Whether emotions can be scientifically measured or not is still a controversial issue today. However, researchers have adopted the use of self-report or questionnaires as well as physiological tests in order to measure, though not exactly, the affective phenomenon of emotions usually through a person’s feelings, the subjective aspect of emotions.
Most researchers measure emotions of people based on their affective display, that is, their emotional expressions. Affective display includes facial expressions, bodily postures and vocal expressions. To measure affective display, researchers generally use observation techniques and self-report via questionnaires. At present, they also utilize computer programs that are able to code expressive behaviour and “read” the emotion of an individual.
There are several commercial systems that are used by researchers to measure and study emotions. One of them is called “FACS”, a widely-utilized system that provides a taxonomy of human facial expressions.
Initially developed by psychologists Dr. Paul Ekman and Wallace Friesen, Facial Action Coding System or FACS is a model that analyzes facial expressions to measure emotions. FACS encodes the movements of the facial muscles and changes in their patterns. As FACS encodes a facial expression that is anatomically possible, it can be used to determine the subject’s basic emotion at the point of encoding. Thus, the contraction or relaxation of facial muscles, termed as “Action Units” or “AUs” by Ekman, is recognized by FACS and interpreted as facial expressions related to basic human emotions.
Trained FACS experts use the system to properly interpret the facial expressions of an individual. For instance, FACS can see through the difference between “Pan-Am smile” (an insincere and voluntary smile) and “Duchenne smile” (a sincere and voluntary smile). Pan-Am smile includes the contraction of only the facial muscle zygomatic major, while Duchenne smile involves the contraction of the zygomatic major plus the orbicularis oculi (inferior) muscle.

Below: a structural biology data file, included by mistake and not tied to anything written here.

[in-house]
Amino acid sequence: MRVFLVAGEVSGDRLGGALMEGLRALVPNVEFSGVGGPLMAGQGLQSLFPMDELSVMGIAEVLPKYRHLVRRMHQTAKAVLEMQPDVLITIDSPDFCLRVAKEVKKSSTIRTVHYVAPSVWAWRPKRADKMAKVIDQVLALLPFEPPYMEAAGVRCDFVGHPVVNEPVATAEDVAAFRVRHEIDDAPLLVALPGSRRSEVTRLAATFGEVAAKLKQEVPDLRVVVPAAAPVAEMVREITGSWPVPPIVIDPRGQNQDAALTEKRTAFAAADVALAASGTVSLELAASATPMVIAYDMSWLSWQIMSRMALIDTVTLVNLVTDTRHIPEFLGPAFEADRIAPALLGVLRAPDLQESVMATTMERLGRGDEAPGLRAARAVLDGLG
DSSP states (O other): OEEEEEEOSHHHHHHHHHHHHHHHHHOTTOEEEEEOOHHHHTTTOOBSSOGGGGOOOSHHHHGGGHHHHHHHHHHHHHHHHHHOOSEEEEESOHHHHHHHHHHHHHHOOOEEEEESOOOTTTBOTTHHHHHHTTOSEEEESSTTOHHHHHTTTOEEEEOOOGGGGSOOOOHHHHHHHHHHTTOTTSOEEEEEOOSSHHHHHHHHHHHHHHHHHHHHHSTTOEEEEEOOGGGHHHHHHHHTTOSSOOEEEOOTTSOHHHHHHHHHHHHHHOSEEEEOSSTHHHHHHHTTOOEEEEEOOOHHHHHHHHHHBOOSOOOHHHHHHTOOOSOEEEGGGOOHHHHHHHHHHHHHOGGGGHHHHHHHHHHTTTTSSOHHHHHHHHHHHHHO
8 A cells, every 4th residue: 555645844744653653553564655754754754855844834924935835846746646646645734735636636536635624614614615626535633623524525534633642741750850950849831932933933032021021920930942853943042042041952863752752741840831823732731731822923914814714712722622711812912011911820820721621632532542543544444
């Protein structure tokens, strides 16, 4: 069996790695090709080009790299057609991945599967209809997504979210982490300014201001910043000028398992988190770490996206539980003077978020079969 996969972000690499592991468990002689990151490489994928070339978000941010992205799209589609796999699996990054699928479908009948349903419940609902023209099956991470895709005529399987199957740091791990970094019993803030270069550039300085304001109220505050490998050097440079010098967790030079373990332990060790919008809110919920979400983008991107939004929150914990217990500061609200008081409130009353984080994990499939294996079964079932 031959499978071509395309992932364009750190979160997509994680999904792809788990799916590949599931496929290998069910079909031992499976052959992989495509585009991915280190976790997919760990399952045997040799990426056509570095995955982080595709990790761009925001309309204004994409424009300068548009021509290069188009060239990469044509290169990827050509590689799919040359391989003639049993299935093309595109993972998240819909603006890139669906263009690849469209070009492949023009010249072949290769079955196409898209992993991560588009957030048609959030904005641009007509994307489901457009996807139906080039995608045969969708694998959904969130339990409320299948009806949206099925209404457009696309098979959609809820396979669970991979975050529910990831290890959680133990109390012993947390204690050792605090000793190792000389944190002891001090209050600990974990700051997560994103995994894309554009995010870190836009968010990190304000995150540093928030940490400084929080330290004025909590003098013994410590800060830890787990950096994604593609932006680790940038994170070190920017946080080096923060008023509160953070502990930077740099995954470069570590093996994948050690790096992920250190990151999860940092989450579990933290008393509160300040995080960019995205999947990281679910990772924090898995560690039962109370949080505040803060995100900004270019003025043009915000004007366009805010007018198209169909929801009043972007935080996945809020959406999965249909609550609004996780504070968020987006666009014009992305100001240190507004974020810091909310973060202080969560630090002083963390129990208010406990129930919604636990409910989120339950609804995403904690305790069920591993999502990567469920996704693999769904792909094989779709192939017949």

Aside from the widely-used FACS, other commercial systems have been developed to measure emotions with high accuracy rates. One of these is Affectiva, which includes a wireless biosensor that should be worn to detect skin conductance and measure emotional arousal. Another commercial system for measuring emotions is the nViso. Described by its maker as a cost-effective technology, nViso is an emotion measurement system that uses artificial technology and video analysis to analyze a person’s emotional state.
Researchers also make use of emotion evaluation tools that are often self-administered. Retrospective verbal self-report methods such as the PANAS and the Geneva Emotional Wheel are often utilized. On the other hand, non-verbal self report tools include the Sensual Evaluation Instrument, Emotion Slider and PrEmo.